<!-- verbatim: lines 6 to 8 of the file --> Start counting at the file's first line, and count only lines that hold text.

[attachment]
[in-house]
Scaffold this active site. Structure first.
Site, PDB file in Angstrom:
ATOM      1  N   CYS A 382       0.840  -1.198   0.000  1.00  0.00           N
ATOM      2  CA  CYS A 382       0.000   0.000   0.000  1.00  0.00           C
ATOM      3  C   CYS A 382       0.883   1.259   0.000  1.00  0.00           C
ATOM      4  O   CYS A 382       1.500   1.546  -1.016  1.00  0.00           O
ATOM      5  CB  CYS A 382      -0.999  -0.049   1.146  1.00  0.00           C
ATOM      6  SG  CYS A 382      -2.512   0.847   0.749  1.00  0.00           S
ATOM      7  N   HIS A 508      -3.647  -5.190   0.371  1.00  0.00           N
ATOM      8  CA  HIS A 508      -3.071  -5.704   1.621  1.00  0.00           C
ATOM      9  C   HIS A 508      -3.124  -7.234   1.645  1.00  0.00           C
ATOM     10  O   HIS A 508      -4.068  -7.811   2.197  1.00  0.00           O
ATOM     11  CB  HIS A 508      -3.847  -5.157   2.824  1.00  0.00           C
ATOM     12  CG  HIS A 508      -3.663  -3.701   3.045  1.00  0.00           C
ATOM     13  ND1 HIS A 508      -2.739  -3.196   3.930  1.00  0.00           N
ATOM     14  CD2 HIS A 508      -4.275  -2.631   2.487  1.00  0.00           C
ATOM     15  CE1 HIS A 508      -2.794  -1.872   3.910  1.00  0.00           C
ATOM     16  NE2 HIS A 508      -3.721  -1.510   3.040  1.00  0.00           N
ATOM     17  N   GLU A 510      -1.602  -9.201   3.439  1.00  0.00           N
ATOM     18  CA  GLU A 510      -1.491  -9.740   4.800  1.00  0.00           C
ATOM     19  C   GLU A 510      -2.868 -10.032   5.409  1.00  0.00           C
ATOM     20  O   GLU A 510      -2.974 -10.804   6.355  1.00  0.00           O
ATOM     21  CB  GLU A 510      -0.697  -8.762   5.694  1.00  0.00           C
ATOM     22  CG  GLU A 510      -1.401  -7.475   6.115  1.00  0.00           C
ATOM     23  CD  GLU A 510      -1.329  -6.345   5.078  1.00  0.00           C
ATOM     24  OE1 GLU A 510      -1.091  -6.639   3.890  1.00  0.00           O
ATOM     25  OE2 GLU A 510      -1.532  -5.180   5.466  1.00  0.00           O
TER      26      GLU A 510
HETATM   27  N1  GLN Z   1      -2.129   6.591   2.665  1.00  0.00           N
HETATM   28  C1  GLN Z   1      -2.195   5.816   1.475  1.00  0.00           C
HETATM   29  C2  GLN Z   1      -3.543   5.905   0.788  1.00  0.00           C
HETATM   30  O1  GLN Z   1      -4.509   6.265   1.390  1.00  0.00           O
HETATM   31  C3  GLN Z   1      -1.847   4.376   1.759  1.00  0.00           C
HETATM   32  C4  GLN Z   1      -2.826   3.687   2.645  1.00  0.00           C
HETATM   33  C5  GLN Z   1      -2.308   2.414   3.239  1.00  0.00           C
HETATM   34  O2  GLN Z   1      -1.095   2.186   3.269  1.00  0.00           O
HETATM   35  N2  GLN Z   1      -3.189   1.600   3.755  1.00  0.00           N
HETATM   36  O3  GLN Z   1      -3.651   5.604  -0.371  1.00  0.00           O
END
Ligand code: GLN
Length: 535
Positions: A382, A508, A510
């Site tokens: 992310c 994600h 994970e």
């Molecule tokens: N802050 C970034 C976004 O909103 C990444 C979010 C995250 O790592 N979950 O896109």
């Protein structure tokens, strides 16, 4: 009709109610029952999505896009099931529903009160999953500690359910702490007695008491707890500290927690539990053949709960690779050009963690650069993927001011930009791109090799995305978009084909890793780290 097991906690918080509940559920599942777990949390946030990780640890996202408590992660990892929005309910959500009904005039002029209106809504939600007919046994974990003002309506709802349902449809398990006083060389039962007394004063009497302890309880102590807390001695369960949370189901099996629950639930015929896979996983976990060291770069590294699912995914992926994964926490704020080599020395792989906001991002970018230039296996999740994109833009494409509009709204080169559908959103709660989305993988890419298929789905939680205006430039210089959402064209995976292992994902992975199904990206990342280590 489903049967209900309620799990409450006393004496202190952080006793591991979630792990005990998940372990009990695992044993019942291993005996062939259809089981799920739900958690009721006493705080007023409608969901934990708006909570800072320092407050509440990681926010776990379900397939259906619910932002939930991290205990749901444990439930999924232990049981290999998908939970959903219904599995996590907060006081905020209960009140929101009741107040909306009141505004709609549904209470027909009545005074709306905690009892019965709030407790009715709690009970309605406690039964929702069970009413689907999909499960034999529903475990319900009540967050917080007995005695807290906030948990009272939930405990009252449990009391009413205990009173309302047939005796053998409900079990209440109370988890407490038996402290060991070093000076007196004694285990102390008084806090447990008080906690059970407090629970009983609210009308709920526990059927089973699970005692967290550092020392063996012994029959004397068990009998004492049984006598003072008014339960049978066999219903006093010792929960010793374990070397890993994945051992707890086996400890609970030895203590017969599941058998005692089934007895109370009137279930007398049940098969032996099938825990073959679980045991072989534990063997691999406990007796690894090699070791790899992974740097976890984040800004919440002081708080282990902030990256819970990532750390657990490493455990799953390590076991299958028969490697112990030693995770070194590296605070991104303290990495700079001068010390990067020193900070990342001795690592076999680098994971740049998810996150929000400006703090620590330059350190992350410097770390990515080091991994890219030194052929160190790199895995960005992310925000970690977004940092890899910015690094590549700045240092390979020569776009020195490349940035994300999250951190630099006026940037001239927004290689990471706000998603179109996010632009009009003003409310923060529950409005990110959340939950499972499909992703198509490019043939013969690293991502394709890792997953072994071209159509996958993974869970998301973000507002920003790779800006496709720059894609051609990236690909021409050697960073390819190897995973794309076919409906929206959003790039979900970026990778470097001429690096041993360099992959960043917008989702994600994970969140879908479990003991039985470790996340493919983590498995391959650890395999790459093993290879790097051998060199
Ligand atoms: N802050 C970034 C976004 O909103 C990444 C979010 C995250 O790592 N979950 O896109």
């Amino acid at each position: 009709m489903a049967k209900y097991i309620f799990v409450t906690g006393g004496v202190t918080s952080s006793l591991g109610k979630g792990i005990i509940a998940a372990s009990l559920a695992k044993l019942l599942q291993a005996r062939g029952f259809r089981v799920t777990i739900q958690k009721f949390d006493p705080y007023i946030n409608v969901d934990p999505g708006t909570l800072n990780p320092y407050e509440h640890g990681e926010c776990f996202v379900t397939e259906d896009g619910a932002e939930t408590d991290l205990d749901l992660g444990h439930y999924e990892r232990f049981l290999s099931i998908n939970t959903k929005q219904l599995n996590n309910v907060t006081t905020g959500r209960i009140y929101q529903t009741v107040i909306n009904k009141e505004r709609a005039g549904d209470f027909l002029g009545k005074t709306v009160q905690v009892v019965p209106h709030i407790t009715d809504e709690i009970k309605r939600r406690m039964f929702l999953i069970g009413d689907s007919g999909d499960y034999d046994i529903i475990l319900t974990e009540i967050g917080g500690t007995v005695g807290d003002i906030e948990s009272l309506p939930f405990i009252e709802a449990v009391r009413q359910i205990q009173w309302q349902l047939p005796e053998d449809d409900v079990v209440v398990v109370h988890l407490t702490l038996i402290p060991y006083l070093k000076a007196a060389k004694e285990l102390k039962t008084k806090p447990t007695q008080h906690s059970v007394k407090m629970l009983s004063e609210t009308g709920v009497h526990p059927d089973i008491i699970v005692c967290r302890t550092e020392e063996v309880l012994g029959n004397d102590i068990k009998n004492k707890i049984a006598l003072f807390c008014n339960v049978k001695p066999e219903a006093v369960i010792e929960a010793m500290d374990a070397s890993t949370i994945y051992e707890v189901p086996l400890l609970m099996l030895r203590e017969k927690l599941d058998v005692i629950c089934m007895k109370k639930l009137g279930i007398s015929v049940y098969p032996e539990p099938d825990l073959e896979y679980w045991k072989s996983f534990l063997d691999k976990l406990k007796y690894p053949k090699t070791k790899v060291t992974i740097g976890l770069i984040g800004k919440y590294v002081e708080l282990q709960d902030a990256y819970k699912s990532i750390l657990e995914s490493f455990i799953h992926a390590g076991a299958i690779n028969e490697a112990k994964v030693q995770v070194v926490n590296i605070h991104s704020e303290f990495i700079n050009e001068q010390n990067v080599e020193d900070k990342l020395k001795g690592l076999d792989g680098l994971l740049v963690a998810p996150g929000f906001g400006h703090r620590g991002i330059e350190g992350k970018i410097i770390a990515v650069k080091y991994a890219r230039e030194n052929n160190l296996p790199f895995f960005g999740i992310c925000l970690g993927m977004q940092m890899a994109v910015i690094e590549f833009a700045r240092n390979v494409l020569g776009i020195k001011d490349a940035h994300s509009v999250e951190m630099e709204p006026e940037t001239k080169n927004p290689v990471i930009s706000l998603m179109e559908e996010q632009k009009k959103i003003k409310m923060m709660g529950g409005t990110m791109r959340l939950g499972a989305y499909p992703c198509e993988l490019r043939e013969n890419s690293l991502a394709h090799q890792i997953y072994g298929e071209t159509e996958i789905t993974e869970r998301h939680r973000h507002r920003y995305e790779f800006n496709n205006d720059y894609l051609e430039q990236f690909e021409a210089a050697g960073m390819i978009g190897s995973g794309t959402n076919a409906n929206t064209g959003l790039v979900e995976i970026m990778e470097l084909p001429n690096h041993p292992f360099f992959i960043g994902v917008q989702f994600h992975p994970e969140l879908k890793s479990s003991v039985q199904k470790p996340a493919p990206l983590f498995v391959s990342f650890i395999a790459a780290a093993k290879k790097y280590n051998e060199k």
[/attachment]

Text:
ATOM      3  C   CYS A 382       0.883   1.259   0.000  1.00  0.00           C
ATOM      4  O   CYS A 382       1.500   1.546  -1.016  1.00  0.00           O
ATOM      5  CB  CYS A 382      -0.999  -0.049   1.146  1.00  0.00           C